Kinnickinnic River Restoration – Great Lakes Now – 1009 – Segment 3

In recent years, many places have seen a
record-setting rainfall, and all that water
has to go somewhere. In Milwaukee, one urban river is being restored to
a more natural state to help prevent flooding
and ensure public safety. (peaceful music) – [Laura Weber-Davis]
Meandering through Milwaukee’s South Side,
is the Kinnickinnic River. Surrounded by more than
600 homes and businesses, it drains the most densely
populated watershed in the State of Wisconsin. Patrick Elliott is a
Senior Project Manager for the Milwaukee
Metropolitan Sewer District. – The Kinnickinnic River
Watershed is 26 square miles. It’s relatively small,
but it’s fully developed. It’s fully urbanized. – [Laura Weber-Davis]
Flowing northeast, the river empties into
the Milwaukee Estuary before heading
into Lake Michigan. Looking at the concrete channel
today, it’s hard to believe that it was once a
natural, tree-lined river before the city
expanded onto its banks during the first half
of the 20th Century. – As the city
expanded, as it moved from basically the downtown
area and expanded out, more and more of
the Kinnickinnic
River was developed. And so as this
development occurred, there were more impervious
surfaces that were created and streets and sidewalks
and parking lots, rooftops, all these surfaces that don’t allow
rain to soak in, the runoff from the
rain will flow quickly to these stream corridors. – [Laura Weber-Davis]
All those hard surfaces increased stormwater runoff
into the Kinnickinnic River and increased flooding. – It created problems back
in the 1950s and 1960s. And their approach to handling
this issue back in the day was to try and streamline
it, and so they just said, “Hey, let’s create a
nice, clean channel “that will move the water
as quickly as possible “out of this area.” – [Laura Weber-Davis]
More than seven miles of the river and its tributaries
were lined with concrete and while it worked
to quickly move water away from areas upstream, the new design actually
increased flood
events downriver. – So in this section
at the essentially the bottom of the funnel where everything
is draining to you, you actually made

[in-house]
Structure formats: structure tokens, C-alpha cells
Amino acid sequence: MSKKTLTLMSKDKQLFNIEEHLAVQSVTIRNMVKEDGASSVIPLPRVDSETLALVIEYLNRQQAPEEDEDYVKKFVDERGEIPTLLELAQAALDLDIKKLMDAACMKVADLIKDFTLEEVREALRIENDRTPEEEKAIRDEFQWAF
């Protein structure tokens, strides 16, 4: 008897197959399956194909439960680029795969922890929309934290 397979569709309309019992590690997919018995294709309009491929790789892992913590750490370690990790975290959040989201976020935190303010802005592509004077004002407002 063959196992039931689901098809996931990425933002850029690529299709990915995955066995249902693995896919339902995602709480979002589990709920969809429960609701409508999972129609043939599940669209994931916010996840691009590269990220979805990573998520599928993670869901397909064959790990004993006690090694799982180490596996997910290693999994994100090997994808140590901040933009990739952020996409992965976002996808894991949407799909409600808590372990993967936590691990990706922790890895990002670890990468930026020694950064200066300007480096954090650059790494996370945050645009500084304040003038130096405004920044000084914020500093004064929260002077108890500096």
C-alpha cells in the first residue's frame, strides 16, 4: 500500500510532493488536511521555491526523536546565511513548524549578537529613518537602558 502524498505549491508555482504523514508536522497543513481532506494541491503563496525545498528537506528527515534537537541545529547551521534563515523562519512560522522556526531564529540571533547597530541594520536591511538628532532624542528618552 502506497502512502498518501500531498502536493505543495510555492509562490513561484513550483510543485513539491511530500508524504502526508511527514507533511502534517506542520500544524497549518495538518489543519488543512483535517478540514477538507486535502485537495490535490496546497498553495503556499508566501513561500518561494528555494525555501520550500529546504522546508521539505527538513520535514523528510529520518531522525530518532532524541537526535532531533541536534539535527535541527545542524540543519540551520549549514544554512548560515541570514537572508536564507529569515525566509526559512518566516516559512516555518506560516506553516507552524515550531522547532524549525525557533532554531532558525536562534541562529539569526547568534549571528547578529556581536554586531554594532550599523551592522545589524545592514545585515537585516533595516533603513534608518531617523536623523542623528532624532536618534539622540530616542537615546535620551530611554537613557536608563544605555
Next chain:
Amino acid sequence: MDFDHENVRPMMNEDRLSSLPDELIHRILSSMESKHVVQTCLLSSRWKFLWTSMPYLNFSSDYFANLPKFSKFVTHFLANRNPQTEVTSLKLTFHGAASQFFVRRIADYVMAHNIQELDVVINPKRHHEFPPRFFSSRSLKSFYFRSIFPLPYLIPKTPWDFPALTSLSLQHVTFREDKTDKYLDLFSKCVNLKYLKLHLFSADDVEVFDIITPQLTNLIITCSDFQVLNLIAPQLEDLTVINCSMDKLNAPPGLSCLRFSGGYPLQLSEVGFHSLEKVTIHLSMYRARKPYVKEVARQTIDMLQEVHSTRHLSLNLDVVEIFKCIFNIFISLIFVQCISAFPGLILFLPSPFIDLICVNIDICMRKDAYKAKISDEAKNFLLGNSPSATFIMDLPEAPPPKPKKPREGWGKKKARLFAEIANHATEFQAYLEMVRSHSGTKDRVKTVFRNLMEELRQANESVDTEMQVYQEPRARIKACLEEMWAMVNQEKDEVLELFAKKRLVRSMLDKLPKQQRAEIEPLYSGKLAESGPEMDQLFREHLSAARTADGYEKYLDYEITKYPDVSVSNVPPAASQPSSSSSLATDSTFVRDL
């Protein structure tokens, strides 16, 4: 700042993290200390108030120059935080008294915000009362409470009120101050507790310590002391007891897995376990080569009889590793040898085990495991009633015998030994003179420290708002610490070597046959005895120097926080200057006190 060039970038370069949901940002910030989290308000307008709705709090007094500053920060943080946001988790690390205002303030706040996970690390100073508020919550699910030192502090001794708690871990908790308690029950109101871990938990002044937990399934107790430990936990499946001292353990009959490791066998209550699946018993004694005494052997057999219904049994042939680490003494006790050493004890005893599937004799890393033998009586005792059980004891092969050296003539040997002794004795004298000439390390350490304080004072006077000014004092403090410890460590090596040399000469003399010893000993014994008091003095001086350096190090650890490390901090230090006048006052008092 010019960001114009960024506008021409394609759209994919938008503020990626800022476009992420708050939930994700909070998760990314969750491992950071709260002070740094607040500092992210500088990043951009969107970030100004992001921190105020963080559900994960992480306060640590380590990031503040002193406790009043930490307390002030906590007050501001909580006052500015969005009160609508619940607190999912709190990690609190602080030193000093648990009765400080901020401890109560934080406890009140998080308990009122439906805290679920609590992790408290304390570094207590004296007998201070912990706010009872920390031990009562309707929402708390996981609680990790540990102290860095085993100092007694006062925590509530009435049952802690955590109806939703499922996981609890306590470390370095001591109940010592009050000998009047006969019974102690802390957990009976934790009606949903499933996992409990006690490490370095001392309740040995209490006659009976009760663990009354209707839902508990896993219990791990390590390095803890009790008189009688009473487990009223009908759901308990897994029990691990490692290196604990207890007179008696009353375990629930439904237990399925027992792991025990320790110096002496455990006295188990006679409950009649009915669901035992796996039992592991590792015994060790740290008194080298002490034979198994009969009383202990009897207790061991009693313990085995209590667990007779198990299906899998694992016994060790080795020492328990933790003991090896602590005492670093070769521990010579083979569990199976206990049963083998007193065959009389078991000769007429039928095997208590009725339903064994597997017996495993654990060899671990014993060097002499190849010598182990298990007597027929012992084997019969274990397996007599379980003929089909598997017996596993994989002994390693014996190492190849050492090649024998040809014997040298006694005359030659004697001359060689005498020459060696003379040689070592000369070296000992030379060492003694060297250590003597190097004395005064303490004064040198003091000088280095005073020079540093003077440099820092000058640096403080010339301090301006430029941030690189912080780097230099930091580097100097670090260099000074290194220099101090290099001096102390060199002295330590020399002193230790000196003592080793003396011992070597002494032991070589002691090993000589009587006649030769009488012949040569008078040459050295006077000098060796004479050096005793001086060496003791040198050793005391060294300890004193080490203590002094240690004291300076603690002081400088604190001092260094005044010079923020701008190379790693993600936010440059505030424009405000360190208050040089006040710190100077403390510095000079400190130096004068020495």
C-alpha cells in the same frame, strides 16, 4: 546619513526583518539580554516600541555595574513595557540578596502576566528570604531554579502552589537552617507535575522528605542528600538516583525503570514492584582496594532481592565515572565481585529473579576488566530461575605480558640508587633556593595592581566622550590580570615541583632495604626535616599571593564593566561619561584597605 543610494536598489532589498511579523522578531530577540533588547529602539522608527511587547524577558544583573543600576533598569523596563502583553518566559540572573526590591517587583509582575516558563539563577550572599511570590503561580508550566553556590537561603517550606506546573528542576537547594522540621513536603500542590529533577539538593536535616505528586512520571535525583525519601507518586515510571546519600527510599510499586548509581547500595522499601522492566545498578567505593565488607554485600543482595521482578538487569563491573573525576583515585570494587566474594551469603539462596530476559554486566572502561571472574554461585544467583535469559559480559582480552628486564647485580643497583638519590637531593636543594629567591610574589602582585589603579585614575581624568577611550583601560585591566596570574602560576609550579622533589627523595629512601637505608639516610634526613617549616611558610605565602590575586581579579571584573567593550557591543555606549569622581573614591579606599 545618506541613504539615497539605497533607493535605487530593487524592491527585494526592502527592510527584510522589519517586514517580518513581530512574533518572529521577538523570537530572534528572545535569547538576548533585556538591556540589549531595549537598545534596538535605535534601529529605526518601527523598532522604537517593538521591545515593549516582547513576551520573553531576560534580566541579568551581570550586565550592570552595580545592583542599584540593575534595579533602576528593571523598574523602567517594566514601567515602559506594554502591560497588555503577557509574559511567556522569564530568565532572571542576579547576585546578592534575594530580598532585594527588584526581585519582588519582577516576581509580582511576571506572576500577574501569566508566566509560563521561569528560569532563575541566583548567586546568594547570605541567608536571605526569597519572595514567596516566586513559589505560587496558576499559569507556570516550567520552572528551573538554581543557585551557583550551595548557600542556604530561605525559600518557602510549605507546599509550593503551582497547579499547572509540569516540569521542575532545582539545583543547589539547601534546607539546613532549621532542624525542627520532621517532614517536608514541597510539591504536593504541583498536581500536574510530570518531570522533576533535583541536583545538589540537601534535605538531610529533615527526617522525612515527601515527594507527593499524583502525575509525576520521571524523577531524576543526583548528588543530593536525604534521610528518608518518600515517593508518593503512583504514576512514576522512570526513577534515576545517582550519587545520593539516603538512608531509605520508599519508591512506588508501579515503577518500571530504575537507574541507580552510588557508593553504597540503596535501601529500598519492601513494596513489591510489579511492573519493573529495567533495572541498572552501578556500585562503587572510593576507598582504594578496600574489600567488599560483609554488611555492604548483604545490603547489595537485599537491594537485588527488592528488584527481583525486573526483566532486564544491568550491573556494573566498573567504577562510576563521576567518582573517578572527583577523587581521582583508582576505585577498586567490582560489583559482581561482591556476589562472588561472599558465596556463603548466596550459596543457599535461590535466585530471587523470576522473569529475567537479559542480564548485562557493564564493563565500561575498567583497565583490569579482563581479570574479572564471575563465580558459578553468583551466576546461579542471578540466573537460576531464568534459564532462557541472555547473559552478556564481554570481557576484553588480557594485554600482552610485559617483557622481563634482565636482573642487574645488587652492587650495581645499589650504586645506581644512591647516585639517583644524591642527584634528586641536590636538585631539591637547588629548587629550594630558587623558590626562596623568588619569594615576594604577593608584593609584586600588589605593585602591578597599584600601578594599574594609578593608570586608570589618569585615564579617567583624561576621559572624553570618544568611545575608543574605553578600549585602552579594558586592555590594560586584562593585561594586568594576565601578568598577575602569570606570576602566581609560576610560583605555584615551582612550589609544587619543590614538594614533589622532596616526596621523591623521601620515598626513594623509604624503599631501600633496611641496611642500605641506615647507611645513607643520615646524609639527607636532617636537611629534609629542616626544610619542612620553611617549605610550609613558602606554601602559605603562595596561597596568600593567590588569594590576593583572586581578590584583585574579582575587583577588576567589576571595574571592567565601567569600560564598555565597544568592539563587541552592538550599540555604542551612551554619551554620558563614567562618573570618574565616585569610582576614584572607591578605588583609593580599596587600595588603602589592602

the problem worse. – [Laura Weber-Davis]
It’s a problem that still exists today. – Unfortunately, we’ve
had several years within Milwaukee and with
the state of Wisconsin, where we’re seeing those
flood events more and more and it makes people understand that that flooding
is a serious danger. It’s a serious hazard. – [Laura Weber-Davis] Even
without overflowing its banks, the river poses a major safety
risk during storm events. – The river comes up so quickly and it goes down so quickly, and within this section,
it can move water up to 20 feet per second, which is faster than
white water rapids. So just imagine having
white water rapids running through a dense
urban neighborhood, right in behind
people’s backyards. And unfortunately,
because of that situation, people, if they fall in or slip
in, they’re not getting out. and we’ve had several deaths
on the Kinnickinnic River over the years. – [Laura Weber-Davis]
In addition to flooding and dangerous storm flows,
the concrete corridor is also responsible
for a major decline in the river’s fish population. Brennan Dow is with the
Wisconsin Department of Natural Resources. – In a natural habitat,
you would allow fish to be able to use things
like rocks or wood to be able to reproduce. This type of habitat with
a concrete-lined channel, it kind of takes away
that type of habitat for these different fish species that are looking to
use that to reproduce. – [Laura Weber-Davis] The
concrete channelization also means there’s
no way for the river to naturally filter
out pollutants before they reach Lake Michigan. – The Kinnickinnic